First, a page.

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Conundrum of resource sharing in Zimbabwe: a case of academic libraries

Conundrum of resource sharing in Zimbabwe: a case of academic libraries PurposeThe purpose of this paper is to explore the challenges and opportunities for Zimbabwe’s academic libraries in their endeavour to provide quality services. It will examine how library consortia, namely, the Zimbabwe University Library Consortium (ZULC) and the College and Research Libraries Consortium (CARLC), have been able to provide for the information needs of their users at a time when budgets are inadequate and subscription costs to journals remain unaffordable. It will examine how academic libraries, through resource sharing platforms, have been able to exploit ubiquitous technologies and build on from the traditional interlibrary loan (ILL). The paper will recommend a strategy based on a model to strengthen access to scholarship through resource sharing.Design/methodology/approachThe researcher opted for a qualitative research design. A purposive sample of 32 participants drawn from ten academic librarians located in Zimbabwe was used to collect the information. The participants were chosen because of their involvement in resource-sharing activities. The participants were drawn from the two library consortia, namely, CARLC and ZULC. Data for the study was collected using structured interviews.FindingsThe findings revealed that resource sharing was critical for the survival of academic libraries in Zimbabwe. The study found out that resource sharing was the only option to overcome the challenges of the paywall. It highlighted the need for a concerted effort of all academic institutions in adapting a model that provides for the diverse needs of members with regard to widening access to scholarship. However, in spite of the success of library consortia in enhancing resource sharing in Zimbabwe, there are challenges that require the concerted effort of all academic institutions in coming up with a model that best provides for the diverse needs of members with regard to resource sharing.Practical implicationsThe results of the study will be useful in providing a long-term strategy for enhancing resource sharing among academic libraries in Zimbabwe in their endeavor to support teaching, learning and research.Originality/valueThere is a scarcity of scholarly studies on resource sharing initiatives among academic libraries in Zimbabwe. This study is unique because it tackles the experiences of the academic libraries in overcoming the challenges of the paywall. http://www.deepdyve.com/assets/images/DeepDyve-Logo-lg.png Information Discovery and Delivery Emerald Publishing

Conundrum of resource sharing in Zimbabwe: a case of academic libraries

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Publisher
Emerald Publishing
Copyright
Copyright © Emerald Group Publishing Limited
ISSN
2398-6247
DOI
10.1108/IDD-12-2019-0086
Publisher site
See Article on Publisher Site

Abstract

PurposeThe purpose of this paper is to explore the challenges and opportunities for Zimbabwe’s academic libraries in their endeavour to provide quality services. It will examine how library consortia, namely, the Zimbabwe University Library Consortium (ZULC) and the College and Research Libraries Consortium (CARLC), have been able to provide for the information needs of their users at a time when budgets are inadequate and subscription costs to journals remain unaffordable. It will examine how academic libraries, through resource sharing platforms, have been able to exploit ubiquitous technologies and build on from the traditional interlibrary loan (ILL). The paper will recommend a strategy based on a model to strengthen access to scholarship through resource sharing.Design/methodology/approachThe researcher opted for a qualitative research design. A purposive sample of 32 participants drawn from ten academic librarians located in Zimbabwe was used to collect the information. The participants were chosen because of their involvement in resource-sharing activities. The participants were drawn from the two library consortia, namely, CARLC and ZULC. Data for the study was collected using structured interviews.FindingsThe findings revealed that resource sharing was critical for the survival of academic libraries in Zimbabwe. The study found out that resource sharing was the only option to overcome the challenges of the paywall. It highlighted the need for a concerted effort of all academic institutions in adapting a model that provides for the diverse needs of members with regard to widening access to scholarship. However, in spite of the success of library consortia in enhancing resource sharing in Zimbabwe, there are challenges that require the concerted effort of all academic institutions in coming up with a model that best provides for the diverse needs of members with regard to resource sharing.Practical implicationsThe results of the study will be useful in providing a long-term strategy for enhancing resource sharing among academic libraries in Zimbabwe in their endeavor to support teaching, learning and research.Originality/valueThere is a scarcity of scholarly studies on resource sharing initiatives among academic libraries in Zimbabwe. This study is unique because it tackles the experiences of the academic libraries in overcoming the challenges of the paywall.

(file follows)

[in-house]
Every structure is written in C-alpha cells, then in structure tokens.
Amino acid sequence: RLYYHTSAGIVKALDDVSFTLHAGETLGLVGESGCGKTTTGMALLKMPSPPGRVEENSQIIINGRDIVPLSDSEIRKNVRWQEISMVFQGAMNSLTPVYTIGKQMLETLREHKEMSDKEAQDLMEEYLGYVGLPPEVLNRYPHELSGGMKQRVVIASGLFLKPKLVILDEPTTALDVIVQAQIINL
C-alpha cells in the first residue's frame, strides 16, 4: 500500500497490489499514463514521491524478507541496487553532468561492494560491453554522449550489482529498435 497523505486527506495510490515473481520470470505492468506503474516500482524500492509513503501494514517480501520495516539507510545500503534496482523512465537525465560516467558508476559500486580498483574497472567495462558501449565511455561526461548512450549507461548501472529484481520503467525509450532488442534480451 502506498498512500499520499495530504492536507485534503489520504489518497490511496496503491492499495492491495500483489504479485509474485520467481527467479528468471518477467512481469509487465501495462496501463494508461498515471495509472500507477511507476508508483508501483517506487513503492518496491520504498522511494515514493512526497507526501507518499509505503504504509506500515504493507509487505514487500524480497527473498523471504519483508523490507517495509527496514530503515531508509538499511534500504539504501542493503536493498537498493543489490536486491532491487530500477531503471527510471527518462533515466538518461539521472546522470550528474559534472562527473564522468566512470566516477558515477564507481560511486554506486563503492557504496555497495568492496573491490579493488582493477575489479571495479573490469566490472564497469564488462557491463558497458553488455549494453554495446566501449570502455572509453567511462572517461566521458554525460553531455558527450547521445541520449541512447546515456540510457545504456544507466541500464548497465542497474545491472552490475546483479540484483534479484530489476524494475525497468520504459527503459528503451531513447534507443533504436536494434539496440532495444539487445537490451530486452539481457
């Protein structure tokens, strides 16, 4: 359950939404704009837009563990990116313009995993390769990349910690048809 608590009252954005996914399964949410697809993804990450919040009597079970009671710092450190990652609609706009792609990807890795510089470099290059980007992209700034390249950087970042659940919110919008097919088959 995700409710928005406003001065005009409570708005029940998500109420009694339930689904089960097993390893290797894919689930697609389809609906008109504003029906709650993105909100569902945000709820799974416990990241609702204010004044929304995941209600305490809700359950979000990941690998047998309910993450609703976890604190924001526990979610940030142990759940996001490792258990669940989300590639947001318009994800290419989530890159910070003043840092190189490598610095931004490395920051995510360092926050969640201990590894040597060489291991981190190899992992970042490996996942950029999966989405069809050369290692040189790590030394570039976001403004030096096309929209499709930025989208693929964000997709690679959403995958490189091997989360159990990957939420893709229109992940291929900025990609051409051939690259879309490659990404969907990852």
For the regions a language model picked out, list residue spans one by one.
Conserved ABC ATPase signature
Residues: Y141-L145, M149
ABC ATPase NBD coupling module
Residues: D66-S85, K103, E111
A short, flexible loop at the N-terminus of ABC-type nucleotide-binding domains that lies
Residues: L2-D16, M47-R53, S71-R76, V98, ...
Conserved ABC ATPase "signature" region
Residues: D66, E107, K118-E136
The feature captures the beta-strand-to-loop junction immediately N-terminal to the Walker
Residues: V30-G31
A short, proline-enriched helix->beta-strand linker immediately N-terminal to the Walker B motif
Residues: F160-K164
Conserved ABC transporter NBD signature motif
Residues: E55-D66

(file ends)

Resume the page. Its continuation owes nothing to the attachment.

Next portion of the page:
Journal

Information Discovery and DeliveryEmerald Publishing

Published: Mar 30, 2020

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